When Manor House Quarterly first came out two-and-a-half years ago, it was a breath of fresh air in San Diego’s literary and arts scene. What began as a night of creative expression at founding director and then-Point Loma Nazarene University student Dane Cardiel’s house—dubbed The Manor—grew into a visually stunning magazine that’s published work by more than 100 local artists and writers since its inception.
Each issue of the journal is themed, with art by the likes of Margaret Noble, Wes Bruce, Ryan McGinness and upcoming cover artist Richard Diebenkorn. The art serves as a companion to poems, short stories and interviews with contributors.
MHQ has grown slowly but exponentially, adding digital issues and apps for iPhone and Android. Now Cardiel is hoping to take his journal to the next level by marketing it as widely as possible and asking for help the best way creative folks know how—via a Kickstarter campaign.
“Kickstarter is a pretty good way to catapult us into new markets,” Cardiel says. “We’re just trying to conceptualize what it means to be successful in print media, and that’s trying to balance your online and digital platforms. This is a way for us to promote.”
He’s hoping to put MHQ on more newsstands across the country and in Canada, as well as promote the digital version. The money raised through Kickstarter would go toward marketing and distribution.
Backers would receive a range of goodies, like digital copies of MHQ, a year-long subscription, art prints and more.
As of Feb. 18, the campaign had 17 backers and had reached about 10 percent of its $10,000 goal. But Cardiel isn’t relying only on friends and family to get him there. He’s hitting the pavement from Feb. 27 through March 17, making stops at the Rhode Island School of Design, various places in New York City and the Association of Writers and Writing Programs conference in Boston, where he’ll have a booth with local publishing house Cooper Dillon Books.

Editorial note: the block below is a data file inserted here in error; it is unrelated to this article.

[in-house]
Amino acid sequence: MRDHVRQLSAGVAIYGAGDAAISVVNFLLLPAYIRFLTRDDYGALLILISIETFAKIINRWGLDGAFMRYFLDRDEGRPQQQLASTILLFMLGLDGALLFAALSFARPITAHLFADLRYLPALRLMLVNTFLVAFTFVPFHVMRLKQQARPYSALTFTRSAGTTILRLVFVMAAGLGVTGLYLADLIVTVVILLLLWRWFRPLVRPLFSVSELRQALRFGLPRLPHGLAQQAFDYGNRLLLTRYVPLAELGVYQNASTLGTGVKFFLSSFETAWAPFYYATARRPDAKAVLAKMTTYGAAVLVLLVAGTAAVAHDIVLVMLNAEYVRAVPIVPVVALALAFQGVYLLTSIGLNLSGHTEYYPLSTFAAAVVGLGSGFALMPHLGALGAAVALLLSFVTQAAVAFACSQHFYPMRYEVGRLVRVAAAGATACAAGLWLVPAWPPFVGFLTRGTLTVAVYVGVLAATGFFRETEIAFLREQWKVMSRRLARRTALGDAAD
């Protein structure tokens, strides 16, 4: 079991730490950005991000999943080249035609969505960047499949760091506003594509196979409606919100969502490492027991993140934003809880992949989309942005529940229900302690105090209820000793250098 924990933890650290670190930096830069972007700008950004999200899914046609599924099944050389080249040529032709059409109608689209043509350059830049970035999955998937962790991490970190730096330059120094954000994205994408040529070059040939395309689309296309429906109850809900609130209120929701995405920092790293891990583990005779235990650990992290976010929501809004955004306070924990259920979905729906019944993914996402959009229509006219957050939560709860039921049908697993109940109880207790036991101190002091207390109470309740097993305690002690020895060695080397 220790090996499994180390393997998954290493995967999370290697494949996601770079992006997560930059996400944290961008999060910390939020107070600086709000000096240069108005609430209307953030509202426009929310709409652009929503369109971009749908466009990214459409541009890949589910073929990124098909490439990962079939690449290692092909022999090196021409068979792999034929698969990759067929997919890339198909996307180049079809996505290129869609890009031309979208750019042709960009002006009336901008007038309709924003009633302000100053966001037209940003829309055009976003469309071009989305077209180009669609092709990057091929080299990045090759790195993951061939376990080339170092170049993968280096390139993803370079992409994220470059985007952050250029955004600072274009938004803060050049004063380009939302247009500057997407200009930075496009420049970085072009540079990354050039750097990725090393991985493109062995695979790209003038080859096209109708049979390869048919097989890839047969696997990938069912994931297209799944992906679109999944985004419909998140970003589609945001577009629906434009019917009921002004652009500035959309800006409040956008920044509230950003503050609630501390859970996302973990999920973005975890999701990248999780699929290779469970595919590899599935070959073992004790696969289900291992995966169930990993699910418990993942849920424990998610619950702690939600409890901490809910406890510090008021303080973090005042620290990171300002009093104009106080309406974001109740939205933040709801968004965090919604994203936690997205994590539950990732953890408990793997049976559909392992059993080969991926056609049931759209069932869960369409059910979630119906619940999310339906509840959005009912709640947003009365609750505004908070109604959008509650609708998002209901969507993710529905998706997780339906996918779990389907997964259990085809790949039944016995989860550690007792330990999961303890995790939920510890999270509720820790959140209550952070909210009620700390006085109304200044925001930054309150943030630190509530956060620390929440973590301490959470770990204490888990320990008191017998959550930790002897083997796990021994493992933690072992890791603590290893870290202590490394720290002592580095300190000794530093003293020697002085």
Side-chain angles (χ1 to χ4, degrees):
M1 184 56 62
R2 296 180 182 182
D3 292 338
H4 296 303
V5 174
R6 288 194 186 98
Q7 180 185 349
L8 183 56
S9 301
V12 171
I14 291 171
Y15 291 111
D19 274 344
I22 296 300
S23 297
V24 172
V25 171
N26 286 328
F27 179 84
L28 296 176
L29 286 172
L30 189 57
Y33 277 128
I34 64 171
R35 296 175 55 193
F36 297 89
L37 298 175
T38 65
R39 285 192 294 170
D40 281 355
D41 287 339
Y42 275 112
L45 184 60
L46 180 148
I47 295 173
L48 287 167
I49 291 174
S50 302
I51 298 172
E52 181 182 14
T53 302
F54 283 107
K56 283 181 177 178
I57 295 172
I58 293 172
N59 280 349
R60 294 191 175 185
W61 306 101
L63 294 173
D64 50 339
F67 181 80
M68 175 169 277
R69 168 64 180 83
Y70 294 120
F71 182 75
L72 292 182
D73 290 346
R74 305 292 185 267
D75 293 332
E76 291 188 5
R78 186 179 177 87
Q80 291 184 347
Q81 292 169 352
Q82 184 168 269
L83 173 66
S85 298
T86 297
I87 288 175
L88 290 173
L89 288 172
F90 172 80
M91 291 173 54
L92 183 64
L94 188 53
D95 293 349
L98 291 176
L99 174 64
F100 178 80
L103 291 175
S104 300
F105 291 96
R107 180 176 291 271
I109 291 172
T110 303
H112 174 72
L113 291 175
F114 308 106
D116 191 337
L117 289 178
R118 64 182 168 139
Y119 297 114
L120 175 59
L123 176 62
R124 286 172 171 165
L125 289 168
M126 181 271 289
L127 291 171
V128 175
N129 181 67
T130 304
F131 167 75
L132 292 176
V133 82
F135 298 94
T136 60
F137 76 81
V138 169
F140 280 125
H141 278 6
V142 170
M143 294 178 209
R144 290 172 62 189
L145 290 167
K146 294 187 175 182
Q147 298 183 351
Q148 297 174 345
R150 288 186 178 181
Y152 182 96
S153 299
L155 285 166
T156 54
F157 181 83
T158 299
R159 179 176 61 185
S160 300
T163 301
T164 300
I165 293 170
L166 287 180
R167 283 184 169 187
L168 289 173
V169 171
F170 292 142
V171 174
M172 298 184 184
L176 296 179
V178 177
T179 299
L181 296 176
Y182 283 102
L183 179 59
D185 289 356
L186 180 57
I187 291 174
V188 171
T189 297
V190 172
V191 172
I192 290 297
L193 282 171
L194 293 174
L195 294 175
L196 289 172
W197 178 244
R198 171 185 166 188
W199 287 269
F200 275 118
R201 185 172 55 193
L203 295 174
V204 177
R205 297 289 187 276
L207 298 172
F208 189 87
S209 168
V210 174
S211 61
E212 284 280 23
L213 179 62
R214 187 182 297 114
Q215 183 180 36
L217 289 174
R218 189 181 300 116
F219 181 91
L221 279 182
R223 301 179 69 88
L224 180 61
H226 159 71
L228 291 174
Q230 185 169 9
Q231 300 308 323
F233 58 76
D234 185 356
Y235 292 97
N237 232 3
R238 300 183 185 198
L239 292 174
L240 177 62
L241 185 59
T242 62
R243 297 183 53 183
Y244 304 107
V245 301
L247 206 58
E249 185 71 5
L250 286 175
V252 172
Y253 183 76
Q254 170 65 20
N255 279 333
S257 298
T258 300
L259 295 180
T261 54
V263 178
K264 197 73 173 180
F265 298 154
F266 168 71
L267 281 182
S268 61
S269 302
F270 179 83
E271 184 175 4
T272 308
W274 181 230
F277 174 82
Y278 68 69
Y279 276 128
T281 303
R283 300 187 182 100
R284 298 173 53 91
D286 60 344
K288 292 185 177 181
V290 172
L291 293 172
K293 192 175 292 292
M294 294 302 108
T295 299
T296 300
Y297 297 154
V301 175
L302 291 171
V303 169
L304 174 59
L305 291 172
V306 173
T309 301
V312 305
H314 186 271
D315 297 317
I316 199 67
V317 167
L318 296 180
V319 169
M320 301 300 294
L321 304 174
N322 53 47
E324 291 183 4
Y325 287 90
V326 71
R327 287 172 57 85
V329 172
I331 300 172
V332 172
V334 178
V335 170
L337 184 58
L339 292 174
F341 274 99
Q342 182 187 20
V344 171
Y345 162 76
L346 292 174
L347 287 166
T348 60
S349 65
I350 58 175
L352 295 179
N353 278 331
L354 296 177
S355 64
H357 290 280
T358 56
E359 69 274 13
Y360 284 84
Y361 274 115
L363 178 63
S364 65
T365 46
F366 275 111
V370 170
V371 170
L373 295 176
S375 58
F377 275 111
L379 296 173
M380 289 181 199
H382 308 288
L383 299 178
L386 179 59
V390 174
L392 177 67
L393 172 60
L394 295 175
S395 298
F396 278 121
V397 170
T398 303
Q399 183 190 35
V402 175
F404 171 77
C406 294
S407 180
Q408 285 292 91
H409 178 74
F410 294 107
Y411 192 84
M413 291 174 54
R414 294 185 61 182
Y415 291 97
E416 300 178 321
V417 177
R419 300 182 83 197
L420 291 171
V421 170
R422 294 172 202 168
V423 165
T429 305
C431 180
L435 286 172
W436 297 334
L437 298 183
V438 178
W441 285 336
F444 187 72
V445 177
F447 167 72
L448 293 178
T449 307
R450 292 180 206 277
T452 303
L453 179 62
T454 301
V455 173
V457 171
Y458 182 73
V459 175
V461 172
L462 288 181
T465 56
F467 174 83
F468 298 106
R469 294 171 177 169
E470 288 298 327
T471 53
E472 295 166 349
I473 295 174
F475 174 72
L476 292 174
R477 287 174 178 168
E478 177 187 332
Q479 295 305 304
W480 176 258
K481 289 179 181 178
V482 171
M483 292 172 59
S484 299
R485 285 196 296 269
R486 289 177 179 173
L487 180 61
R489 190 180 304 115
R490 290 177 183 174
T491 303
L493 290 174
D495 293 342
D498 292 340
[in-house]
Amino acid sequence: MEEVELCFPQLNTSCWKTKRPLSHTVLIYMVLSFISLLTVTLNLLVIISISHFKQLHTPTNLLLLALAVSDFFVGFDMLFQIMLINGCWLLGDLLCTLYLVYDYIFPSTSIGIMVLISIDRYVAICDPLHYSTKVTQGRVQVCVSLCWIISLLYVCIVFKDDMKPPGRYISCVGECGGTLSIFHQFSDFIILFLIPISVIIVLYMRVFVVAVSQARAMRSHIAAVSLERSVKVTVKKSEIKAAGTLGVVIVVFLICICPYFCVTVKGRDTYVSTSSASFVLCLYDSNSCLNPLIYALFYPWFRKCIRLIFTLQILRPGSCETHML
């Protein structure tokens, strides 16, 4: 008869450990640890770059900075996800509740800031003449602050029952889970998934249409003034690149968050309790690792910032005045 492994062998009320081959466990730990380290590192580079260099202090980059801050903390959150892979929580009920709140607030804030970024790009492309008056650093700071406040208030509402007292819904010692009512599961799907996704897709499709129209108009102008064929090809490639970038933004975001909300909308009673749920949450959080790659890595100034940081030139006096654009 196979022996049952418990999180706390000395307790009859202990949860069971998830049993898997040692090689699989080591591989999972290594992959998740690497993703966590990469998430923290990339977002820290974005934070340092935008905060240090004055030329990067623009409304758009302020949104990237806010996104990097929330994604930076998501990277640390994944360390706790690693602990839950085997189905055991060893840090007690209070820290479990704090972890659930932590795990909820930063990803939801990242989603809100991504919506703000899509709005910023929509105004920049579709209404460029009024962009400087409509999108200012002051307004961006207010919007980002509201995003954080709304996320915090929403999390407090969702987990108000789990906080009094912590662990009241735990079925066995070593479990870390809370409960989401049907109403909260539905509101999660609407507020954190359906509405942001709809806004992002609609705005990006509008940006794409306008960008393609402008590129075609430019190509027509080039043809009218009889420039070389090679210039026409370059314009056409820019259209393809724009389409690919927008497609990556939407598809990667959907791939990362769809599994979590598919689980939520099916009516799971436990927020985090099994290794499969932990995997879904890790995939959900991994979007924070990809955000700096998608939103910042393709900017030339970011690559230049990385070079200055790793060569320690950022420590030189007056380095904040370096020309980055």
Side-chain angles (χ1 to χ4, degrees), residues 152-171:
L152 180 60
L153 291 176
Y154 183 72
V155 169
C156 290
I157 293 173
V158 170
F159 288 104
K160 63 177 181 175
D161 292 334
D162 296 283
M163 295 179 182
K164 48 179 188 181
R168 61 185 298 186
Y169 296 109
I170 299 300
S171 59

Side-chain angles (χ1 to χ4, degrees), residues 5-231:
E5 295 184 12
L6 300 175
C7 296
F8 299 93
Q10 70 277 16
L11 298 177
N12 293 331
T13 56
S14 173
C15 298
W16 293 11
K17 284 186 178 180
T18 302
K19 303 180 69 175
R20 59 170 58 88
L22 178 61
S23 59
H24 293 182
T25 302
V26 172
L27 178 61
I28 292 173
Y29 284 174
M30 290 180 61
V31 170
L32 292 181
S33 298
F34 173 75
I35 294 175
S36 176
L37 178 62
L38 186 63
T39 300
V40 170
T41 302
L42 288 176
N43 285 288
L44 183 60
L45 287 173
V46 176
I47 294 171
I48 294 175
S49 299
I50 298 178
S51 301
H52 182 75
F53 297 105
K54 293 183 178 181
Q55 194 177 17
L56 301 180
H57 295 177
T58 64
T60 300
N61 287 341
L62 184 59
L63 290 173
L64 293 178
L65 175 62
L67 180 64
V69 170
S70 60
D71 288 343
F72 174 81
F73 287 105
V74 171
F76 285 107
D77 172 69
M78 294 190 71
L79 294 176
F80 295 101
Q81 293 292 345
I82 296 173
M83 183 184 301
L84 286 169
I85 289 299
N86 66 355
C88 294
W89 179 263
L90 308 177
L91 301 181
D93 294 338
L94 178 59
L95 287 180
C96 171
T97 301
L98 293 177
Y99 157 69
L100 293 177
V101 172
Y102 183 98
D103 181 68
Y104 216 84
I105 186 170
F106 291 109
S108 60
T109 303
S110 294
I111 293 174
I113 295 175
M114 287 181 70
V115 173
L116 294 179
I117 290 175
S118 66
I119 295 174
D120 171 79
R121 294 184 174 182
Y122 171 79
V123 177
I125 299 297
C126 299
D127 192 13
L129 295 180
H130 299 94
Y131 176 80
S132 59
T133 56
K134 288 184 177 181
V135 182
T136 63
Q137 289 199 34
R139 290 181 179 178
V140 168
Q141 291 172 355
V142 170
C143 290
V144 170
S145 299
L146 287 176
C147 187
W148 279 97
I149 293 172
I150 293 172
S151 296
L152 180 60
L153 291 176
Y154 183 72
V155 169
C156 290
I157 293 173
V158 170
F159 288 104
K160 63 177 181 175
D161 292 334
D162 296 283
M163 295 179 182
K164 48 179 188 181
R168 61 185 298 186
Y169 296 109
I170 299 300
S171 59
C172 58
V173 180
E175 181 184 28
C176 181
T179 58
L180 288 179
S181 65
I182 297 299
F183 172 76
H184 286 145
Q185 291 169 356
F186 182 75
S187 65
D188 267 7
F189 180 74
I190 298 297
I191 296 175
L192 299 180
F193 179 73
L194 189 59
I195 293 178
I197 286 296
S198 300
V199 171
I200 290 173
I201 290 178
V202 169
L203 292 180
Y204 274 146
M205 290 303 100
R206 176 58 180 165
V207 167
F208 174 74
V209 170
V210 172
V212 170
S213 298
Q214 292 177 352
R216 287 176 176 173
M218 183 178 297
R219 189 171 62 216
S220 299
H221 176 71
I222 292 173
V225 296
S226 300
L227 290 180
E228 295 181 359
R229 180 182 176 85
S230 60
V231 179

“If we can get people to realize this is an exquisite piece of print media you can’t just get anywhere, we’ll reach our goal,” Cardiel says. “It’s something I think people will gravitate to. Those who have seen it and invest in it love what we’re doing.”
Cardiel envisions MHQ reaching the same level as McSweeny’s or Juxtapoz. And, not only that, he says; it can put San Diego on the map for literary magazines.
“Exposure is everything,” he says. “It’s just me right now—me with a post-graduate salary trying to do everything. My personal philosophy is that if we branch out a bit we can bring it back. A win for Man or House is a win for San Diego in my book. People in the San Diego arts-and-culture community should be interested in what we’re doing.”